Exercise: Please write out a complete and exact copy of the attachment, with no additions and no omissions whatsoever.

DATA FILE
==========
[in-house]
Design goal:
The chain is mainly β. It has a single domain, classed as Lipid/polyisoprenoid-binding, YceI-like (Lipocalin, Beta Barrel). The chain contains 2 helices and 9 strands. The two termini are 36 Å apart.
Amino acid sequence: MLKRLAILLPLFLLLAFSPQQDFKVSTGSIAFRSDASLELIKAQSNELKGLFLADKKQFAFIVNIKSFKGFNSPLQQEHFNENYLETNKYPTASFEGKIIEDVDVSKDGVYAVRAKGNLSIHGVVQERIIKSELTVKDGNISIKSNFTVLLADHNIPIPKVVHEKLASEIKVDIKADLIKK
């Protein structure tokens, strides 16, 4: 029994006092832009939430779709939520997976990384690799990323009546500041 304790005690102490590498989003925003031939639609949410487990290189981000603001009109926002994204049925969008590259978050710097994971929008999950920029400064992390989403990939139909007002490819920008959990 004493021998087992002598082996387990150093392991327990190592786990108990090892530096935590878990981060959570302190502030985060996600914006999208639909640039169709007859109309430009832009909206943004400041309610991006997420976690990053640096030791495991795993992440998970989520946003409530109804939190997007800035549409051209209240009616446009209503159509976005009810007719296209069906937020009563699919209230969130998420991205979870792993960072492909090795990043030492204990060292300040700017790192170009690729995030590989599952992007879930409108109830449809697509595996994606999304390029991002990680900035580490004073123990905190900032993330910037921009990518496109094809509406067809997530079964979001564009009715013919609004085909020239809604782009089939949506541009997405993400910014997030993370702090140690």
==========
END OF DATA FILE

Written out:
[in-house]
Design goal:
The chain is mainly β. It has a single domain, classed as Lipid/polyisoprenoid-binding, YceI-like (Lipocalin, Beta Barrel). The chain contains 2 helices and 9 strands. The two termini are 36 Å apart.
Amino acid sequence: MLKRLAILLPLFLLLAFSPQQDFKVSTGSIAFRSDASLELIKAQSNELKGLFLADKKQFAFIVNIKSFKGFNSPLQQEHFNENYLETNKYPTASFEGKIIEDVDVSKDGVYAVRAKGNLSIHGVVQERIIKSELTVKDGNISIKSNFTVLLADHNIPIPKVVHEKLASEIKVDIKADLIKK
């Protein structure tokens, strides 16, 4: 029994006092832009939430779709939520997976990384690799990323009546500041 304790005690102490590498989003925003031939639609949410487990290189981000603001009109926002994204049925969008590259978050710097994971929008999950920029400064992390989403990939139909007002490819920008959990 004493021998087992002598082996387990150093392991327990190592786990108990090892530096935590878990981060959570302190502030985060996600914006999208639909640039169709007859109309430009832009909206943004400041309610991006997420976690990053640096030791495991795993992440998970989520946003409530109804939190997007800035549409051209209240009616446009209503159509976005009810007719296209069906937020009563699919209230969130998420991205979870792993960072492909090795990043030492204990060292300040700017790192170009690729995030590989599952992007879930409108109830449809697509595996994606999304390029991002990680900035580490004073123990905190900032993330910037921009990518496109094809509406067809997530079964979001564009009715013919609004085909020239809604782009089939949506541009997405993400910014997030993370702090140690």